Jul 5, 2009, 5:56 AM
Post #2 of 12
Yeah, election regulations are certainly different (from the US at least) here. Since July 2, even newspapers have not been publishing any information on the candidates (in news stories, for example), just general information on the election. But I'm amazed to hear that the ban goes so far as to black out international TV channels!
One local weekly rag, which has a very anti-state government political slant, did apparently try to distribute some papers with political info. Six young vendors were arrested by the municipal police (Tizimin, Yucatan), then taken to the state capital (Merida, some 100 km away), and eventually released the next day after the election board determined there was no infraction. The opposition senators are championing the vendors cause, whereas the party in power has lodged a new complaint with the election authorities.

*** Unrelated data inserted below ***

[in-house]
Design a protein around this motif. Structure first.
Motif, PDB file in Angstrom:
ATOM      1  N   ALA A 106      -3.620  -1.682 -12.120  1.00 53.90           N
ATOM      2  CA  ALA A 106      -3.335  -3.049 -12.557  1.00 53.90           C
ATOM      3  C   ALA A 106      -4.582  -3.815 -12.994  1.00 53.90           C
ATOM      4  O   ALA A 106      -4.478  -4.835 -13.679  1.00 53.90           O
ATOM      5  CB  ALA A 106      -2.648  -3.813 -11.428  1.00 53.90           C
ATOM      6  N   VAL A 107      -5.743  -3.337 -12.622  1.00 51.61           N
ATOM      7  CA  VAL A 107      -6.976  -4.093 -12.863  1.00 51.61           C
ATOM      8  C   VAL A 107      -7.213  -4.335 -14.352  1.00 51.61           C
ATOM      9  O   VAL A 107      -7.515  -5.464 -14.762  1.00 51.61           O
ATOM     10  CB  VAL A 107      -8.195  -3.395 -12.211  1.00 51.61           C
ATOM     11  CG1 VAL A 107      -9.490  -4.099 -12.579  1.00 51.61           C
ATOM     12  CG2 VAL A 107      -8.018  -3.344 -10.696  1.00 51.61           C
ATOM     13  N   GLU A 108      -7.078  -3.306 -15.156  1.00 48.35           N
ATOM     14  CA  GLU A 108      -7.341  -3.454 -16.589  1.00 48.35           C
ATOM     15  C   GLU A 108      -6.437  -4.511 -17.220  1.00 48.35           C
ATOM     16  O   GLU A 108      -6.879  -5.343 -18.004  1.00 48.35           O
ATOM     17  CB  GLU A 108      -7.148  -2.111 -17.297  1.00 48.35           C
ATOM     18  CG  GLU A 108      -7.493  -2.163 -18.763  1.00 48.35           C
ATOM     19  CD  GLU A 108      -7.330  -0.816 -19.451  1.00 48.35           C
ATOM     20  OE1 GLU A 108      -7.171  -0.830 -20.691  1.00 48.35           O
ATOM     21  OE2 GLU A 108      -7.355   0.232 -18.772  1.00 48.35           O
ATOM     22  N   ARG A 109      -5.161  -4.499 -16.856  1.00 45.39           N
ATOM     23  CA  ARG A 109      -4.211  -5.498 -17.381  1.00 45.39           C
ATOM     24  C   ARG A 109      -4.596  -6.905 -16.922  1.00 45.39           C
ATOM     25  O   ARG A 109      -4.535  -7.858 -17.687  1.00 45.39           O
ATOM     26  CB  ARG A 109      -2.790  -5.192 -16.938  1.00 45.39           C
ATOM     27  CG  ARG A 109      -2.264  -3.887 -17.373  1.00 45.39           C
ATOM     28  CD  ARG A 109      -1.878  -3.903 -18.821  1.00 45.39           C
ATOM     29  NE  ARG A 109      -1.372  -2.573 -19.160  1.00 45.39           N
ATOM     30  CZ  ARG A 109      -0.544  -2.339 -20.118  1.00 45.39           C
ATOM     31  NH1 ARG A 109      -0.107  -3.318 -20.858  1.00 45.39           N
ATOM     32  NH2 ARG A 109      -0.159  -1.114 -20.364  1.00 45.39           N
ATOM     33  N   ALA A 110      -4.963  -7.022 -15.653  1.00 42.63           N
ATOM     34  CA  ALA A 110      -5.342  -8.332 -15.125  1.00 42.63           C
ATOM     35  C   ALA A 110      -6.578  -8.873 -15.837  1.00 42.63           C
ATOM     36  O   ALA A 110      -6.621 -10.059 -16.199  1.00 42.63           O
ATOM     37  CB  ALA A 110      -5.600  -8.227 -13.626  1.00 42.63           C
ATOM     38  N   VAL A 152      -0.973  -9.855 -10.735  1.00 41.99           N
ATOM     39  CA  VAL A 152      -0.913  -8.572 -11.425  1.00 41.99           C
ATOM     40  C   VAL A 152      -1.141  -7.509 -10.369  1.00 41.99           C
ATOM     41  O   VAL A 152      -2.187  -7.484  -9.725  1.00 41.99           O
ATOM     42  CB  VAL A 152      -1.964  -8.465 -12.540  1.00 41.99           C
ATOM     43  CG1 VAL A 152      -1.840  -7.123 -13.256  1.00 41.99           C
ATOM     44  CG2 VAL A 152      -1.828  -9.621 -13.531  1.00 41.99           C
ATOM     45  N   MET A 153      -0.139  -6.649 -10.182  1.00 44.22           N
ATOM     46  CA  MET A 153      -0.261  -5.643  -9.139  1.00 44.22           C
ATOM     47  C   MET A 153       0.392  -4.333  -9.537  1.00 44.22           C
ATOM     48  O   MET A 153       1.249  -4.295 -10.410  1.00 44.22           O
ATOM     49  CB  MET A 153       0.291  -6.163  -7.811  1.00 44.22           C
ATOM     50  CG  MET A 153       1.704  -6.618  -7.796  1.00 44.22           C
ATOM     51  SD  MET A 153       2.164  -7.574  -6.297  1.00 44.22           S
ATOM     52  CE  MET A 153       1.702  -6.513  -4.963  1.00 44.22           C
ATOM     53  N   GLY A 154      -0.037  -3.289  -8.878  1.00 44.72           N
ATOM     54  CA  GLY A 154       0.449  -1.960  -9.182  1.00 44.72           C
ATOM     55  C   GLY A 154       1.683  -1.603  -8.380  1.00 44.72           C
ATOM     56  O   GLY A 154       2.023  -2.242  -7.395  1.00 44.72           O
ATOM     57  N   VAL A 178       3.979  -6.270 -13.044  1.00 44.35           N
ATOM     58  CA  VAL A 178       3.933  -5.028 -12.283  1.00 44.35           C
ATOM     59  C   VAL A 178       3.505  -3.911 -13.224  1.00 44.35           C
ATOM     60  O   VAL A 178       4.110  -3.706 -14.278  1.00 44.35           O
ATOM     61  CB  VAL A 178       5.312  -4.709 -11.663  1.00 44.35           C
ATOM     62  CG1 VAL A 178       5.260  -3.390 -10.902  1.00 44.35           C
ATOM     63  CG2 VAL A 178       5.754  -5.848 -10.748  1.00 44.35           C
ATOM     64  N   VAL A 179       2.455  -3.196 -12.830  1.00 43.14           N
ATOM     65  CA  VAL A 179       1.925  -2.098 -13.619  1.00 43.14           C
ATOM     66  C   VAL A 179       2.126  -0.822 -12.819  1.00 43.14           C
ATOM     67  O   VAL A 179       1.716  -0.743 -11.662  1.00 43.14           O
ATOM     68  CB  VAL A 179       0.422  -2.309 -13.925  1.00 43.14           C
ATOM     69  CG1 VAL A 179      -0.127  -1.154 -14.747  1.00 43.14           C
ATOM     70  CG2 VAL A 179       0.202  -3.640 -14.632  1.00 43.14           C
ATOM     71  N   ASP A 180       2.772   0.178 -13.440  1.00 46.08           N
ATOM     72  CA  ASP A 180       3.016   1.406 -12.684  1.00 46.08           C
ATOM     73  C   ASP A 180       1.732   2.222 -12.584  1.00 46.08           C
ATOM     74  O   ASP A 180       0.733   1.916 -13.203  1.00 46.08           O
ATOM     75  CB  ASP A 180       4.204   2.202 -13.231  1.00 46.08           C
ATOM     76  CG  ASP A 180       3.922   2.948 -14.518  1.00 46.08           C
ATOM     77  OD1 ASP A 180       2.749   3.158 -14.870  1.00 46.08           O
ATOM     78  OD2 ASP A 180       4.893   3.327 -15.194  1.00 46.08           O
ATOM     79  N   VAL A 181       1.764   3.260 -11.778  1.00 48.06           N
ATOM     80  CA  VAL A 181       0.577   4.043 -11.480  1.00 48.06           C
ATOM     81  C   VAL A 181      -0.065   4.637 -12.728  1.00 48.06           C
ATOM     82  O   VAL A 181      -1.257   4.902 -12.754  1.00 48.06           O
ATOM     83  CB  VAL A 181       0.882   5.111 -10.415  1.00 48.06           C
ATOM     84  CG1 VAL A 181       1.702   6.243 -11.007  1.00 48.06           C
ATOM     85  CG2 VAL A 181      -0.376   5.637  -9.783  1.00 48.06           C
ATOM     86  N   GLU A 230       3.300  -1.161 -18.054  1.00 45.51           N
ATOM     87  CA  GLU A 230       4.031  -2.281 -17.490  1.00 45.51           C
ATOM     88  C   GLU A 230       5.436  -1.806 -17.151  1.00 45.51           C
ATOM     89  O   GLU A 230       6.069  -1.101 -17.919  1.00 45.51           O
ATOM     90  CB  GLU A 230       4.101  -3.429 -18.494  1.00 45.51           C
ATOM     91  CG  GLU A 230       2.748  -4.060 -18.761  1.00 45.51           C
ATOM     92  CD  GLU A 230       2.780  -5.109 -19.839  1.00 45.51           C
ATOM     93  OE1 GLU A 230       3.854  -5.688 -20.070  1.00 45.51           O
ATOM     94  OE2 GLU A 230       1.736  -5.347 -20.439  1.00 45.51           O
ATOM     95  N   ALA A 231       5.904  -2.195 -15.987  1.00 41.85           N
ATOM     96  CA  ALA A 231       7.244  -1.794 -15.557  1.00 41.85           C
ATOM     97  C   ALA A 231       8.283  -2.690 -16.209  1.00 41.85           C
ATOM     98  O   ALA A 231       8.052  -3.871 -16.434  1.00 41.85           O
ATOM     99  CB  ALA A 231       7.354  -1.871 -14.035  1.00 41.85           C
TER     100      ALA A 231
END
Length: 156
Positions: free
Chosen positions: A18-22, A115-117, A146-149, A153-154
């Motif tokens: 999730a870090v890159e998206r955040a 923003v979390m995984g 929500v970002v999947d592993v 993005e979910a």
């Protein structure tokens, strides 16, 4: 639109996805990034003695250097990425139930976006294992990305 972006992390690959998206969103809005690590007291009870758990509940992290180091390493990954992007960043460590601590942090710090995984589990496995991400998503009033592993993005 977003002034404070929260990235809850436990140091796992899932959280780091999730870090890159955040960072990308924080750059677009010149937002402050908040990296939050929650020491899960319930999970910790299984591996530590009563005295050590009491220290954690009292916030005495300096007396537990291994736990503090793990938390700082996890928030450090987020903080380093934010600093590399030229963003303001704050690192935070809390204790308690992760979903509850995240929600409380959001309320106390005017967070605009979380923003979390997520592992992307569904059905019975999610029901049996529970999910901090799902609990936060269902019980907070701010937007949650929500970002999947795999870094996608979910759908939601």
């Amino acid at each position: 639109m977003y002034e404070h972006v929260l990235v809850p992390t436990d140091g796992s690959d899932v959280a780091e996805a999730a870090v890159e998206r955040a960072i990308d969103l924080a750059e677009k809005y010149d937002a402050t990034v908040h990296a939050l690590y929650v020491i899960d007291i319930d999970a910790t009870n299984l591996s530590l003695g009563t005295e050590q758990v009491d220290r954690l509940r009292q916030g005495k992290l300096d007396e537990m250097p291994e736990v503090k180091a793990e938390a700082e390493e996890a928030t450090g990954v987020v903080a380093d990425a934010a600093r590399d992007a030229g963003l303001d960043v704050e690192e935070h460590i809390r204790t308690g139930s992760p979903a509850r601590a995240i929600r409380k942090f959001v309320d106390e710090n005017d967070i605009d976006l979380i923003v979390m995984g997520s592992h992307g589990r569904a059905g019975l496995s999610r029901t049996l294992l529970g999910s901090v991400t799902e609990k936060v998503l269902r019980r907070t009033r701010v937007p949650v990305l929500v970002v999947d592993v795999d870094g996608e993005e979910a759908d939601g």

Even the candidates web sites (which one must CHOOSE to go to) must be closed down the three days before the election.
Accusations of election fraud, or coercion, seem to be the pastime of choice these days.
I might add that (at least in the Yucatan diputado race), there is so little of substance (proposals, specifics regarding controversial issues) presented by (most of) the candidates or parties that it's hard to see how it would influence any thinking voter....(operative word, "thinking").